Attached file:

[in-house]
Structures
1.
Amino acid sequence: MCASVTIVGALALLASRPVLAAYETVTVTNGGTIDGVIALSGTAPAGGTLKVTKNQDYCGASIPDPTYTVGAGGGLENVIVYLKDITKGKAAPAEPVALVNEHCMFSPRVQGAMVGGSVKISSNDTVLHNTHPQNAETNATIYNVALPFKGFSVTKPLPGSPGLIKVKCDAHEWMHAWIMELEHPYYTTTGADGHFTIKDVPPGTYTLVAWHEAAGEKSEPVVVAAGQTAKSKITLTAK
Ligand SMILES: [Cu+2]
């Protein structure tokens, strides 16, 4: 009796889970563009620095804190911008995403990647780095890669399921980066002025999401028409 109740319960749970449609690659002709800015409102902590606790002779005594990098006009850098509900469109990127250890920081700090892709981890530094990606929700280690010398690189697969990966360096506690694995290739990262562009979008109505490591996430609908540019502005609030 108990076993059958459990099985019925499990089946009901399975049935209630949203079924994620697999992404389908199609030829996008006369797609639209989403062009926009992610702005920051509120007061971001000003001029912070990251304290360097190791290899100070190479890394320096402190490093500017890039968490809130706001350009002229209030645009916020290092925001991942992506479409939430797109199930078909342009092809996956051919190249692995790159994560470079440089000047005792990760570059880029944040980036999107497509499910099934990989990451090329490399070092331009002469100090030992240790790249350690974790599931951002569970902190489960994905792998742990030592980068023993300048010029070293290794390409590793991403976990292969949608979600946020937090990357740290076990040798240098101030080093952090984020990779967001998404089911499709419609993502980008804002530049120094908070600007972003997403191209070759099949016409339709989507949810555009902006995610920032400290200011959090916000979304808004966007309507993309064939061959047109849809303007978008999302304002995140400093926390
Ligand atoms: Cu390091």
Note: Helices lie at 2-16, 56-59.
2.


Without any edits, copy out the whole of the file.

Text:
[in-house]
Structures
1.
Amino acid sequence: MCASVTIVGALALLASRPVLAAYETVTVTNGGTIDGVIALSGTAPAGGTLKVTKNQDYCGASIPDPTYTVGAGGGLENVIVYLKDITKGKAAPAEPVALVNEHCMFSPRVQGAMVGGSVKISSNDTVLHNTHPQNAETNATIYNVALPFKGFSVTKPLPGSPGLIKVKCDAHEWMHAWIMELEHPYYTTTGADGHFTIKDVPPGTYTLVAWHEAAGEKSEPVVVAAGQTAKSKITLTAK
Ligand SMILES: [Cu+2]
């Protein structure tokens, strides 16, 4: 009796889970563009620095804190911008995403990647780095890669399921980066002025999401028409 109740319960749970449609690659002709800015409102902590606790002779005594990098006009850098509900469109990127250890920081700090892709981890530094990606929700280690010398690189697969990966360096506690694995290739990262562009979008109505490591996430609908540019502005609030 108990076993059958459990099985019925499990089946009901399975049935209630949203079924994620697999992404389908199609030829996008006369797609639209989403062009926009992610702005920051509120007061971001000003001029912070990251304290360097190791290899100070190479890394320096402190490093500017890039968490809130706001350009002229209030645009916020290092925001991942992506479409939430797109199930078909342009092809996956051919190249692995790159994560470079440089000047005792990760570059880029944040980036999107497509499910099934990989990451090329490399070092331009002469100090030992240790790249350690974790599931951002569970902190489960994905792998742990030592980068023993300048010029070293290794390409590793991403976990292969949608979600946020937090990357740290076990040798240098101030080093952090984020990779967001998404089911499709419609993502980008804002530049120094908070600007972003997403191209070759099949016409339709989507949810555009902006995610920032400290200011959090916000979304808004966007309507993309064939061959047109849809303007978008999302304002995140400093926390
Ligand atoms: Cu390091």
Note: Helices lie at 2-16, 56-59.
2.